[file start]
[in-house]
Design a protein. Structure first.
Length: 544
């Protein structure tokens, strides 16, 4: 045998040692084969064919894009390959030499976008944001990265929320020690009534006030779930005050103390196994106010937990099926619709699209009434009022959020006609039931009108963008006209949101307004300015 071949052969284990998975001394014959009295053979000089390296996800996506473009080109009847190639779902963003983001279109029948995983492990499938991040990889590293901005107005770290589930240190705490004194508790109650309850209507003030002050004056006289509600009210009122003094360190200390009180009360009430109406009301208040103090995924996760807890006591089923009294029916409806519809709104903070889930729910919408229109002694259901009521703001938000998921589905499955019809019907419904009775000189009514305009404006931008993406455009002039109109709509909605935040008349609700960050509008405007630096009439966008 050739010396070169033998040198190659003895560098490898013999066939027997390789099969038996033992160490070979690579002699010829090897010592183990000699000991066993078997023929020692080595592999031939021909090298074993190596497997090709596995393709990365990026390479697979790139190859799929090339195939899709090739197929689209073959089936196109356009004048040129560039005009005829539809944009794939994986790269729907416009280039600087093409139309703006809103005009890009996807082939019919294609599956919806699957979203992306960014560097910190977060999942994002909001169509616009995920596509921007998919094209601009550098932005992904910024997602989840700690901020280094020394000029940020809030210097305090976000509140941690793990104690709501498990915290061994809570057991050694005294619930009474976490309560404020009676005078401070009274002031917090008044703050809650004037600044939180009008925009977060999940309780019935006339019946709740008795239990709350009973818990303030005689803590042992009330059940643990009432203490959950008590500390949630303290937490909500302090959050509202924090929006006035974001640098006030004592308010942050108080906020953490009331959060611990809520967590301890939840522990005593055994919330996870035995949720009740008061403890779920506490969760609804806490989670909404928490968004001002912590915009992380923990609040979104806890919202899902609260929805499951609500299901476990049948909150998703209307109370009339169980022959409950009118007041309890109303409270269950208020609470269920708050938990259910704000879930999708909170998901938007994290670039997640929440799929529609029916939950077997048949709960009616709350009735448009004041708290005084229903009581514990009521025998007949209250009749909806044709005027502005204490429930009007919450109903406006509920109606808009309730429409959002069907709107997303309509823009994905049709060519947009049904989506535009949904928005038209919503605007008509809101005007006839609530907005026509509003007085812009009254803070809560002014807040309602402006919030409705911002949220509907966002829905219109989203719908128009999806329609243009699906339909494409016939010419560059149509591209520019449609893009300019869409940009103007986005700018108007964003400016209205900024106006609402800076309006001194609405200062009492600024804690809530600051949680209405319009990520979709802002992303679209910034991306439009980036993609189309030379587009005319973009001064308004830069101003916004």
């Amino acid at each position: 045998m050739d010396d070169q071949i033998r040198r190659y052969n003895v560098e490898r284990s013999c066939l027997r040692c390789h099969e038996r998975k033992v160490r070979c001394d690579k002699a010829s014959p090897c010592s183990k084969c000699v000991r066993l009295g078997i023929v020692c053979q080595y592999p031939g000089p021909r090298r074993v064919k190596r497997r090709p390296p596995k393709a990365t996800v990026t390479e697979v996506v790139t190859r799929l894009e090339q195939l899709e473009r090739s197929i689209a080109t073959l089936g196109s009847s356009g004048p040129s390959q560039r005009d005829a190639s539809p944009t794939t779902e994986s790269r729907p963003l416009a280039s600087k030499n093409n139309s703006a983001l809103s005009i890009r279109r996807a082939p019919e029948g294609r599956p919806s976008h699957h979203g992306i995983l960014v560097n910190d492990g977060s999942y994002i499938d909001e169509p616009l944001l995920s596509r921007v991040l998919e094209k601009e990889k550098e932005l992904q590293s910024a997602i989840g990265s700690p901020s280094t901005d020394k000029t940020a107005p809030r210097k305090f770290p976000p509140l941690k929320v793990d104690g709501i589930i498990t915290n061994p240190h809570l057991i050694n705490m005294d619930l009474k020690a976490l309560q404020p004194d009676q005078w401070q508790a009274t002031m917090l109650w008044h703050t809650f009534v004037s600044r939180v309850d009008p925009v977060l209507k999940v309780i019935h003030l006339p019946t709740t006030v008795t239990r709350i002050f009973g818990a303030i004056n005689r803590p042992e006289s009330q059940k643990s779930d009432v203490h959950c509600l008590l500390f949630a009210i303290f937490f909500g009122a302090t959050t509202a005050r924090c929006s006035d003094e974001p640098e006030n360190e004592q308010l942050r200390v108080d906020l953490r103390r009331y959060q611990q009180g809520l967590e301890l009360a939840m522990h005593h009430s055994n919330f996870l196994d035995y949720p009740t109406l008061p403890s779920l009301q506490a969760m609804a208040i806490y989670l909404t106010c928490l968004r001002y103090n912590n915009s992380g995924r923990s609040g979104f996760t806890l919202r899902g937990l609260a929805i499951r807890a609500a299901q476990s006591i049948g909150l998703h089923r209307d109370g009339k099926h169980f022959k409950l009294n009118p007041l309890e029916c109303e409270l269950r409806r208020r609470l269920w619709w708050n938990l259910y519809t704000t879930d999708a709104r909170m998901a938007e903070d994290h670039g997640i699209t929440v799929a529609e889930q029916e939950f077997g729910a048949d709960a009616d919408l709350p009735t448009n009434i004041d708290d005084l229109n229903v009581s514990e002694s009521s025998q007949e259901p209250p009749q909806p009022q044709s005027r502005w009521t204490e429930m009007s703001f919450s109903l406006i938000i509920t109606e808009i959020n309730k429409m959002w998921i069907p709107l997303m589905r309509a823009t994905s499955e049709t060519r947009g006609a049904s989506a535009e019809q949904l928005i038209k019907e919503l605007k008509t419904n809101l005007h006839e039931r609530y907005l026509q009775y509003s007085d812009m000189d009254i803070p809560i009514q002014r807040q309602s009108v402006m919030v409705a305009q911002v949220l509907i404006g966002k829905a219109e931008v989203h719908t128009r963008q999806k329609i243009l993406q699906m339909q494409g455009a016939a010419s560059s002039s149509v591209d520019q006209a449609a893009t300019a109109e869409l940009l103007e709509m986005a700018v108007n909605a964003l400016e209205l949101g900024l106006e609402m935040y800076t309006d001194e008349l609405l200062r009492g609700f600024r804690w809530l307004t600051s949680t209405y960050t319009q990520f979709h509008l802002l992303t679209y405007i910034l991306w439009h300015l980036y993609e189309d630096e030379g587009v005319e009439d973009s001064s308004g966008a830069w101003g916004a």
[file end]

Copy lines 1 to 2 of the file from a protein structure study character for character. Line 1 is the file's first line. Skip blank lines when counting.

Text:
[in-house]
Design a protein. Structure first.